Online education startup Udacity, whose students have gone on to join the likes of Google and Facebook, is now aÂ $1 billion company.
Today theÂ education company shared that it talked its way intoÂ a $105 million investment fromÂ Google Ventures, Andreessen Horowitz, media company Bertelsmann, and others in order to expand internationally.
Udacity’s international plans aren’t exactly new — 30 percent of its users are based outside the U.S., the company toldÂ VentureBeat.Â “We areÂ going to new marketsÂ … and there is no magic number … to where we go. We are going where there areÂ a lot of people attracted to tech, but there is a lack of integration,”Â Udacity’s president and COO, Vish Makhijani, told VentureBeat.
Udacity said it’s not doing this on its own. Partnerships with global conglomerates, like Google and India’s Tata,Â have been key to the international mindset of the company. In India, for example, Tata advised Udacity onÂ the local tech trends and adoption so the educational model could fit better that of the country. The localized technique, said the COO, also ledÂ Udacity to cut the class prices, as theÂ $200-a-month per-class fee was not affordable after the dollar-to-rupee conversion rates.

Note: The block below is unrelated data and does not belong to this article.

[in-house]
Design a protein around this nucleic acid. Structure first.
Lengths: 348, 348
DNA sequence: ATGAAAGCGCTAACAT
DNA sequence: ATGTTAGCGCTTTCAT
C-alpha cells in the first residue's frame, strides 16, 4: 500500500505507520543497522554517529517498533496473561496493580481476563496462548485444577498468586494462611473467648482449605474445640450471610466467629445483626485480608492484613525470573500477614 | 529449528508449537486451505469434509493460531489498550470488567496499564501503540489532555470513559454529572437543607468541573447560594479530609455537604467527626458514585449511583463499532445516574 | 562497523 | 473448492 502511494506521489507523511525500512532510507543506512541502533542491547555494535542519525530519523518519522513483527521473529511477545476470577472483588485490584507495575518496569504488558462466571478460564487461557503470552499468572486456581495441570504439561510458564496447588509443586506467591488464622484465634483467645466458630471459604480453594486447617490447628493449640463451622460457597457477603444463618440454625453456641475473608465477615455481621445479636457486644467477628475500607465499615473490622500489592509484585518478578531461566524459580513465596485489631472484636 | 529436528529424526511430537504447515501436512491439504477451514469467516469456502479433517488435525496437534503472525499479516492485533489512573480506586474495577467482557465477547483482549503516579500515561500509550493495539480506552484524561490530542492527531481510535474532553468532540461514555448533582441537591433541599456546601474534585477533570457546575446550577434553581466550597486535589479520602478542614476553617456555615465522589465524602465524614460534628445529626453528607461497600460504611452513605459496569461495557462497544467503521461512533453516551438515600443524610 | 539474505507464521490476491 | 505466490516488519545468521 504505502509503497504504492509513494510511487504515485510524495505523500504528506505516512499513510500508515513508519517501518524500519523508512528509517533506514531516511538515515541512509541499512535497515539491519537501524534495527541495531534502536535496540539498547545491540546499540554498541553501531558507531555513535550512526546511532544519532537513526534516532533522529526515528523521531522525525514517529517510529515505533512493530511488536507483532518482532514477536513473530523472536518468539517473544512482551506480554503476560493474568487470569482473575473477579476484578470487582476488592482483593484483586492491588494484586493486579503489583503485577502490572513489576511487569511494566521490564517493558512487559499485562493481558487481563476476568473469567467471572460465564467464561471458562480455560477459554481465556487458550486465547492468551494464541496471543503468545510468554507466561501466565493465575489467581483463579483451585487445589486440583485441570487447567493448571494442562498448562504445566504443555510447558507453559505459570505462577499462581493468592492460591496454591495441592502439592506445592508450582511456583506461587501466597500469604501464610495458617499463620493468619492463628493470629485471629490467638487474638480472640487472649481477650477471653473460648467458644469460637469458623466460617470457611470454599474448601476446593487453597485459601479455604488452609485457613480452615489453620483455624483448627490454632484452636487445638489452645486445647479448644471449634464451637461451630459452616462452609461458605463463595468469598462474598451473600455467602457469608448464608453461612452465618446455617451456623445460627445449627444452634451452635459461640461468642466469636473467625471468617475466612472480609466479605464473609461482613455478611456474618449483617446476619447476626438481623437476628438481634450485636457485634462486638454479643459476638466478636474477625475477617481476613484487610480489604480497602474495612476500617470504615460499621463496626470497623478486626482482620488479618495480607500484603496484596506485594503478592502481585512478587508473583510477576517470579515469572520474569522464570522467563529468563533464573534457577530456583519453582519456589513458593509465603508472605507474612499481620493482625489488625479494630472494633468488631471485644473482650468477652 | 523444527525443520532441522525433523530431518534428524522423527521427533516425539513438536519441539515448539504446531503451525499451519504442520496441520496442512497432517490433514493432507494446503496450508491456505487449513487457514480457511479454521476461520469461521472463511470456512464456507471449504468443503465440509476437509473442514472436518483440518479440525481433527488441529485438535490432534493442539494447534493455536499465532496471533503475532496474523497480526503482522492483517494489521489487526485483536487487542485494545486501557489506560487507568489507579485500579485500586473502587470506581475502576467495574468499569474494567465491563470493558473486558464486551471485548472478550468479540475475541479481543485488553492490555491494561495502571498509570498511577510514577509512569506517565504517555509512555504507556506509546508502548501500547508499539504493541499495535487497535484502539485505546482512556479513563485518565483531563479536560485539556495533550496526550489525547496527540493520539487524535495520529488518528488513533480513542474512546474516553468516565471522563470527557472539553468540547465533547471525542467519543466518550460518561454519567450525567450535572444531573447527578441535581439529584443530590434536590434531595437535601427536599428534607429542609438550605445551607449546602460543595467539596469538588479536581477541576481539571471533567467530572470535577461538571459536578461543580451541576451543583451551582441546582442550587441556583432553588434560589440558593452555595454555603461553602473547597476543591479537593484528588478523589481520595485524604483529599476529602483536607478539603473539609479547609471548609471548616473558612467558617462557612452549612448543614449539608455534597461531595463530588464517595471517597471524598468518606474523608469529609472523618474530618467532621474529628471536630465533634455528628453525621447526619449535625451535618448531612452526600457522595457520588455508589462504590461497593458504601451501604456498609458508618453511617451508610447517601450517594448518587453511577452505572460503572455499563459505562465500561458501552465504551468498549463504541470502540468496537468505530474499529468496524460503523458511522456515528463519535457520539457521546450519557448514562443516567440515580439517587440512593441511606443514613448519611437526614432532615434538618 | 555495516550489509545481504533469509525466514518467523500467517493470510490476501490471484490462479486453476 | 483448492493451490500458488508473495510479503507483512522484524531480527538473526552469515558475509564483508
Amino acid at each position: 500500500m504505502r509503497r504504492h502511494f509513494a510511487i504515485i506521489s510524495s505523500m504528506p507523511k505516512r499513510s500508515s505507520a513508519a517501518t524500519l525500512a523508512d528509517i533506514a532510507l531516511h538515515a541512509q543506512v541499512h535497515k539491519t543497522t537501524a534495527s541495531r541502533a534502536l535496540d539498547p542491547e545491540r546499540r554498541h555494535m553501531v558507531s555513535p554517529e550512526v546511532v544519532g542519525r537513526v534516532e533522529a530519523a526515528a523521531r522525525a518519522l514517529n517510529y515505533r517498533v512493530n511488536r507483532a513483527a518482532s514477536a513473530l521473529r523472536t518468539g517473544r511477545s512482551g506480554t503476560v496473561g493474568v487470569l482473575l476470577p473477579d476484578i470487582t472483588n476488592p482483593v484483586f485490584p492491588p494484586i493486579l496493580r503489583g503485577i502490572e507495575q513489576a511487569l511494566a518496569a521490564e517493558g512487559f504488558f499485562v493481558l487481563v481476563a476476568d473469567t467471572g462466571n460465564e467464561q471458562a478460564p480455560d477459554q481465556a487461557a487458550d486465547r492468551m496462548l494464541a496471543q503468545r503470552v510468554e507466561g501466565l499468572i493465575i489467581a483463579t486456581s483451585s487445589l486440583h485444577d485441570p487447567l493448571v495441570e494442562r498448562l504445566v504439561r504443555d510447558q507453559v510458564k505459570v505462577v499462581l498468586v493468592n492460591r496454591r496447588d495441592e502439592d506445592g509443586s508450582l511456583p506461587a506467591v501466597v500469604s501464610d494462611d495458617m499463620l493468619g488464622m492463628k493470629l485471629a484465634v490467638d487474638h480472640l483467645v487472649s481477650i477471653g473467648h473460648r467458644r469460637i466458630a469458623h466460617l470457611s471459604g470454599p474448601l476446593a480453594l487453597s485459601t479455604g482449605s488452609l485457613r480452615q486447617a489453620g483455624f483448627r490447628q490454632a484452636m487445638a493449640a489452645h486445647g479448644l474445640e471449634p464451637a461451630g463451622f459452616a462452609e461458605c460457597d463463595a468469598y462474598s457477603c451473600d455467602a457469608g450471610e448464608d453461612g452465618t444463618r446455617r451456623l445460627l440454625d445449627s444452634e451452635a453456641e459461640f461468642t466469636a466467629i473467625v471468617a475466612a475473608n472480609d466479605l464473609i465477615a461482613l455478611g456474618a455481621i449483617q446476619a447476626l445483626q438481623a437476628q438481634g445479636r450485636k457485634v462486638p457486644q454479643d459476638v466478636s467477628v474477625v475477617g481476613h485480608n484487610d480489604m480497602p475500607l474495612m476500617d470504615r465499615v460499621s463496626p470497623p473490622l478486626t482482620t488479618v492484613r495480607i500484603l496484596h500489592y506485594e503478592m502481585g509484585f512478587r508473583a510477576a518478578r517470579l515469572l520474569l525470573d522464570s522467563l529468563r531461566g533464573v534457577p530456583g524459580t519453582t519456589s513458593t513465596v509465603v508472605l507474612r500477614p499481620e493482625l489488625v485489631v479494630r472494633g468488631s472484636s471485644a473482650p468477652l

The same thingÂ happened in Egypt where, Makhijani said,Â companies helped them with the localizationÂ process. Udacity, with the help of Google, “worked with the Government of Egypt to localize [its]Â Android coursesÂ into Modern Standard Arabic.”
Makhijani said that the company is open to any other place that wants to adopt itsÂ educational model and that the service already has closed captions in over 50 languages. Yet there is no current plan to expandÂ in other parts of Africa or in South America.
Udacity now offers nine online “nanodegrees” and plansÂ to put together somewhere between 40 andÂ 50 new degrees by the end of 2016, said Makhijani.
As for theÂ U.S., Udacity’sÂ effort to diversify white male-dominated engineering teamsÂ includes partnerships with AT&T to provide scholarships for students in inner cities, Accenture’s scholarships for veterans, and a 50 percent rebate off the tuition price after completionÂ of a program.
Udacity’s series D round was filled with big-name investors like Scotlandâs Baillie Gifford, Emerson Collective, and Google Ventures. Andreessen Horowitz, Charles River Ventures, and Drive Capital also participated as returning investors.
Bertelsmann Education Group’s CEOÂ Kay Krafft will join Udacity’s board.